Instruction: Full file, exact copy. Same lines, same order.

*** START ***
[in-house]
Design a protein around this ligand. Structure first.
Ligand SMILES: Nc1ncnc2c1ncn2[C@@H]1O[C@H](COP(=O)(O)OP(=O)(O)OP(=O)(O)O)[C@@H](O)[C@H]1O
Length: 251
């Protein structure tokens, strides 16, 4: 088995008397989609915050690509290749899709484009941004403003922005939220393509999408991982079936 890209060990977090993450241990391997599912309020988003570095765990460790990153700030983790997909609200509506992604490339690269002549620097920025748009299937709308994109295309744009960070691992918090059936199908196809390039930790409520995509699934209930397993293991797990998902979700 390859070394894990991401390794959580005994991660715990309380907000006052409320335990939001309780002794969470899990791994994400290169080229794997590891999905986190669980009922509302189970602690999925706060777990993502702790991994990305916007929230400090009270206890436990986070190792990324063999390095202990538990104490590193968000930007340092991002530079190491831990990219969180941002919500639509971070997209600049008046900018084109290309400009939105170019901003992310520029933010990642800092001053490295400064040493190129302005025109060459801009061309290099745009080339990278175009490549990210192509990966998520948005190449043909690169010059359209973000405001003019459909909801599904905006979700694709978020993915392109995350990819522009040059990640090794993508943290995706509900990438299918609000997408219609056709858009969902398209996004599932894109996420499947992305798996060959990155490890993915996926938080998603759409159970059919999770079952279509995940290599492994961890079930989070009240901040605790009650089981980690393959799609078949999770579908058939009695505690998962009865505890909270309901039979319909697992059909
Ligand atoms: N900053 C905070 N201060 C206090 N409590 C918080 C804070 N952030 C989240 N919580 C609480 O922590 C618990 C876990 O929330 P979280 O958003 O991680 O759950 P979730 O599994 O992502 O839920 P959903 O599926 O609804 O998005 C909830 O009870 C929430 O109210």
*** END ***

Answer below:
[in-house]
Design a protein around this ligand. Structure first.
Ligand SMILES: Nc1ncnc2c1ncn2[C@@H]1O[C@H](COP(=O)(O)OP(=O)(O)OP(=O)(O)O)[C@@H](O)[C@H]1O
Length: 251
């Protein structure tokens, strides 16, 4: 088995008397989609915050690509290749899709484009941004403003922005939220393509999408991982079936 890209060990977090993450241990391997599912309020988003570095765990460790990153700030983790997909609200509506992604490339690269002549620097920025748009299937709308994109295309744009960070691992918090059936199908196809390039930790409520995509699934209930397993293991797990998902979700 390859070394894990991401390794959580005994991660715990309380907000006052409320335990939001309780002794969470899990791994994400290169080229794997590891999905986190669980009922509302189970602690999925706060777990993502702790991994990305916007929230400090009270206890436990986070190792990324063999390095202990538990104490590193968000930007340092991002530079190491831990990219969180941002919500639509971070997209600049008046900018084109290309400009939105170019901003992310520029933010990642800092001053490295400064040493190129302005025109060459801009061309290099745009080339990278175009490549990210192509990966998520948005190449043909690169010059359209973000405001003019459909909801599904905006979700694709978020993915392109995350990819522009040059990640090794993508943290995706509900990438299918609000997408219609056709858009969902398209996004599932894109996420499947992305798996060959990155490890993915996926938080998603759409159970059919999770079952279509995940290599492994961890079930989070009240901040605790009650089981980690393959799609078949999770579908058939009695505690998962009865505890909270309901039979319909697992059909
Ligand atoms: N900053 C905070 N201060 C206090 N409590 C918080 C804070 N952030 C989240 N919580 C609480 O922590 C618990 C876990 O929330 P979280 O958003 O991680 O759950 P979730 O599994 O992502 O839920 P959903 O599926 O609804 O998005 C909830 O009870 C929430 O109210």